Iraqi Prime Minister Nouri al-Maliki, has called on US business leaders to invest in his country to help it recover from years of war.
The call comes as the last US troops prepare to pull out of Iraq.
Speaking during a visit to Washington, Mr Maliki said security had improved and corporations rather than generals were now leading Iraq's future.
The US currently accounts for slightly more than a tenth of total foreign investment in Iraq.
Mr Maliki is in Washington with some 40 Iraqi business leaders hoping to sign business and trade deals.
He told potential investors at the US Chamber of Commerce that as well as oil, there were many other sectors which could be of interest, including healthcare, telecommunications, construction and financial services.
He said the possibilities for US firms were "limitless" and that they were best-placed to help Iraq diversify its economy.
"It is not now the generals but the businessmen and the corporations that are at the forefront," he said.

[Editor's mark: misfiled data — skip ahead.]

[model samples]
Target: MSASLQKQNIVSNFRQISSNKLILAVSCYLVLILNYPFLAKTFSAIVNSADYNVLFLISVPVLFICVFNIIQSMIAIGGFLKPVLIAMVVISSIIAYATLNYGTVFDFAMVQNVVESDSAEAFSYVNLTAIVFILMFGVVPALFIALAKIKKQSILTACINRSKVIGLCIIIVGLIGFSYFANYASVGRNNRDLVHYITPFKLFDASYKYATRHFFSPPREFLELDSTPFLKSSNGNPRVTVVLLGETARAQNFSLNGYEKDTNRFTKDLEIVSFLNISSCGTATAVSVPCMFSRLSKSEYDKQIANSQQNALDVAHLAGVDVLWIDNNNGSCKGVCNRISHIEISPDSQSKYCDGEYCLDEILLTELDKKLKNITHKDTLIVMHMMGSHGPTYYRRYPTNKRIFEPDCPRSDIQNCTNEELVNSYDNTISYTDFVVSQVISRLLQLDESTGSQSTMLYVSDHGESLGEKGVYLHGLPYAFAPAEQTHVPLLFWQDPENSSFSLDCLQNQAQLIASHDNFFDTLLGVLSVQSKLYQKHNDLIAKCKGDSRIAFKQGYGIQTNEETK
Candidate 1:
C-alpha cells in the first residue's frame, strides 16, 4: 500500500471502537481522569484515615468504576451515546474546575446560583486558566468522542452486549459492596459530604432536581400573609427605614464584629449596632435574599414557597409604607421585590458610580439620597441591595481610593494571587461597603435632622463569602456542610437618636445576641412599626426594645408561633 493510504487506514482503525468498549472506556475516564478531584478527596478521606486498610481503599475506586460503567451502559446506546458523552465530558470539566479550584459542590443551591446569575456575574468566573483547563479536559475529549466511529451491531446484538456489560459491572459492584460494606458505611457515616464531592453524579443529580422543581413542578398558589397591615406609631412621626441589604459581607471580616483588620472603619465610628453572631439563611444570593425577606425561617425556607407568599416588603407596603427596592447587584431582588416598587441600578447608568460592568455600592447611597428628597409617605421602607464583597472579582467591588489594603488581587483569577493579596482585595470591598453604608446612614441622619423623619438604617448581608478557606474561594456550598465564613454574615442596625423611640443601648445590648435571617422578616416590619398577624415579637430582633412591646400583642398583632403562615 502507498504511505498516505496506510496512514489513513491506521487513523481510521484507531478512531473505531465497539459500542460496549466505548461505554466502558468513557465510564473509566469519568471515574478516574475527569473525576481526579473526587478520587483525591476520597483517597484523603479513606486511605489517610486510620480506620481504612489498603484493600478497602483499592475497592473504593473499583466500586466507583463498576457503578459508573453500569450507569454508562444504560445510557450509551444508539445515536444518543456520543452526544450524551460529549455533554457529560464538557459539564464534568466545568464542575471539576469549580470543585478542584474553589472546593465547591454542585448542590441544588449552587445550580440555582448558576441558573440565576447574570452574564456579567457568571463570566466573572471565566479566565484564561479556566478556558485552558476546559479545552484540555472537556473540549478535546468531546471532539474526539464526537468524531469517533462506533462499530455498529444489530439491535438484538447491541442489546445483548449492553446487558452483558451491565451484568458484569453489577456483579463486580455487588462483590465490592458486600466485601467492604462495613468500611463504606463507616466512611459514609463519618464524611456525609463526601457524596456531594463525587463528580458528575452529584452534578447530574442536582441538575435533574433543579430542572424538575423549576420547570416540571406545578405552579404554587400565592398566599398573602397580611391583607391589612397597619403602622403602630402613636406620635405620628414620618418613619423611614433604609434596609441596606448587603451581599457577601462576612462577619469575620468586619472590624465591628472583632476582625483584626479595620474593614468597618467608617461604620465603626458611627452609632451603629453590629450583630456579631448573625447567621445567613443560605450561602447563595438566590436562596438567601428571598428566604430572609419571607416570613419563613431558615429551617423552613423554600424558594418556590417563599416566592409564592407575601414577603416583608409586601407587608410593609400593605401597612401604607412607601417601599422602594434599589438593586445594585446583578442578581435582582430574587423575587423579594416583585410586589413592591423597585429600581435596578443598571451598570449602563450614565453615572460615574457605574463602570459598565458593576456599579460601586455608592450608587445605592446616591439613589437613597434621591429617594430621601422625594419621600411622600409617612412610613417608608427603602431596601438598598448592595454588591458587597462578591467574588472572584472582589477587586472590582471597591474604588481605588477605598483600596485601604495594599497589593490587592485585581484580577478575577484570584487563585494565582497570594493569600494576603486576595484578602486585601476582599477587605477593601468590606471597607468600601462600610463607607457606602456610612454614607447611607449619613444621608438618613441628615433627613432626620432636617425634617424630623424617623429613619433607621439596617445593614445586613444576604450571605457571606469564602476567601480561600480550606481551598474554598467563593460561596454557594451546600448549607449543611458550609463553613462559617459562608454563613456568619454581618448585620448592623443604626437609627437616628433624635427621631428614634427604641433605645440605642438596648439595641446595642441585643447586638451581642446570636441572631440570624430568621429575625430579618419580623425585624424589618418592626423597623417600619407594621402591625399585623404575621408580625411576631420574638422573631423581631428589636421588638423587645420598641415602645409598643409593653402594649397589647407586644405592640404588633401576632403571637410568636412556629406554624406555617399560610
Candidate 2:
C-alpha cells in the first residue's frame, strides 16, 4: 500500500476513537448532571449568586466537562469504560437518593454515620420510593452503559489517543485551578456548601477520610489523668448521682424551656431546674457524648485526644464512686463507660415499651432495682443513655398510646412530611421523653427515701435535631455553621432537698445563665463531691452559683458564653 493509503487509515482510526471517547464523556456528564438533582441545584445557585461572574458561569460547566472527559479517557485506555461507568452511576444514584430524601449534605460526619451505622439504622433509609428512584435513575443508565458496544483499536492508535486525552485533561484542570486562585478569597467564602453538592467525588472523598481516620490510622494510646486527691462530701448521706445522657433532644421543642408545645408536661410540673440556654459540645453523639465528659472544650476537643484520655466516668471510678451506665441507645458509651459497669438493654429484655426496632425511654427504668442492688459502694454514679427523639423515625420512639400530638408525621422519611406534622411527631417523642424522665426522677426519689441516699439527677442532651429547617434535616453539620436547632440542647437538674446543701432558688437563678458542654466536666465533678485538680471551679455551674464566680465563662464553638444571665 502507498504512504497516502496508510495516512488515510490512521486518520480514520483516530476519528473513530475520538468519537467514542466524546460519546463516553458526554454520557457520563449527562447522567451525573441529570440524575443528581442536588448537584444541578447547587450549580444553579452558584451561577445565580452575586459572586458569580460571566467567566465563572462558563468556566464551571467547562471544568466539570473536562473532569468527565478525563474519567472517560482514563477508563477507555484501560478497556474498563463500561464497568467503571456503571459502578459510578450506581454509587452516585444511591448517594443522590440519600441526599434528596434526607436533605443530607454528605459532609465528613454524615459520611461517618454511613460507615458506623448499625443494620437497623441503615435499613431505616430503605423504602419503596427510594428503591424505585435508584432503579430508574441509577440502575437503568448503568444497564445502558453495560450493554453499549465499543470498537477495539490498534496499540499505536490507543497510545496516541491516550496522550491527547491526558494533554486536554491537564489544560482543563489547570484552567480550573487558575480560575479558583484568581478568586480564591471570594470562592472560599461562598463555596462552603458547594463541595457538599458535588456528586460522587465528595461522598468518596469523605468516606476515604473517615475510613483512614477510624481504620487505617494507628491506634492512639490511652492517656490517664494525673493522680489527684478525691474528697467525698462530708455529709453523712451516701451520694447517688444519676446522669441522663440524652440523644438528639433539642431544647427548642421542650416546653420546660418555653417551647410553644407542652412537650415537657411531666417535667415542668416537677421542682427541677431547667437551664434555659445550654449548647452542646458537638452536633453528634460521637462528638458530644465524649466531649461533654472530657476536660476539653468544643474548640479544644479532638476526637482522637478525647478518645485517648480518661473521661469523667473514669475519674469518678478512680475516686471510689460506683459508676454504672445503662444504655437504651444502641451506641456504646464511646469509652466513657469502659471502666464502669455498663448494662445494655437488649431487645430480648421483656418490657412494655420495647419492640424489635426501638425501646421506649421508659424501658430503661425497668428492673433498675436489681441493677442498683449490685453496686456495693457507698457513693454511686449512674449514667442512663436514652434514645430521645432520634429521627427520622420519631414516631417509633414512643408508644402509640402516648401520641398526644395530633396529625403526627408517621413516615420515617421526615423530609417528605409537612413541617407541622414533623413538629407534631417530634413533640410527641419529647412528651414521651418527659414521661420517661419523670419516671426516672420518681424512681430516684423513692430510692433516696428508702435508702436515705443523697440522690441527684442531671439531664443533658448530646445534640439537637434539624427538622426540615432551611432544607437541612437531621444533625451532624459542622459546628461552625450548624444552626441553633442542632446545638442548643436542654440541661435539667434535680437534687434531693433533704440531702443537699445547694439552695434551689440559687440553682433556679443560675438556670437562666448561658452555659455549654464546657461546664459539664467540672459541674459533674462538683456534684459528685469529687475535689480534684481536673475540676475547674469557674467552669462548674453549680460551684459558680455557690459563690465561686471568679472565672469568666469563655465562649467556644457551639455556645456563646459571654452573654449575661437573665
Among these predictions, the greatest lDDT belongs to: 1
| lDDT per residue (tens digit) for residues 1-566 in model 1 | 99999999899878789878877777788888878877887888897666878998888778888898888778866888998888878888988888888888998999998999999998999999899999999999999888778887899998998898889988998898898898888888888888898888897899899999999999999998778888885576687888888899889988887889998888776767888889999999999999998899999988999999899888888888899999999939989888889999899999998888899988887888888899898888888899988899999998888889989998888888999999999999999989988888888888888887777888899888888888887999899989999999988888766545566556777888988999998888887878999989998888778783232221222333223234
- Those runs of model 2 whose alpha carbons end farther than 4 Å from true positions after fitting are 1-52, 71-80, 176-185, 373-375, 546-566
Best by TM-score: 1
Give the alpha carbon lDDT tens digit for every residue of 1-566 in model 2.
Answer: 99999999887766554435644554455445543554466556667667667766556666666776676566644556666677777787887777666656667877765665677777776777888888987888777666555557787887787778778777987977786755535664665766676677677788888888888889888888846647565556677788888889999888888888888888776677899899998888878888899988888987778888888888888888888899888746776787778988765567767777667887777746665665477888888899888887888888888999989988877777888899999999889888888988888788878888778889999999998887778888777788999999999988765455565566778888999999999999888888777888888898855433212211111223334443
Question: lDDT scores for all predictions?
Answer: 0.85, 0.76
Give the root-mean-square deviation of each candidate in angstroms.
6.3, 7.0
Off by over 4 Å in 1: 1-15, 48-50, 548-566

"All sectors of the economy are there, open for business for American business."
After meeting Mr Maliki on Monday, US President Barack Obama said he believed the Iraqi economy would grow at an even faster rate than India or China.
He confirmed that no US bases or troops would remain in the country next year but said the US would maintain a strong relationship with the country.
"We've got an enormous investment of blood and treasure in Iraq," Mr Obama said.
"And we want to make sure that even as we bring the last troops out, that it's well understood, both in Iraq and here in the United States, that our commitment to Iraq's success is going to be enduring."
Foreign investment in Iraq has this year totalled $70bn (£45bn).
But the BBC's Steve Kingstone in Washington says there are lingering concerns in the US about security and about Iraq's sometimes confusing regulation of key sectors.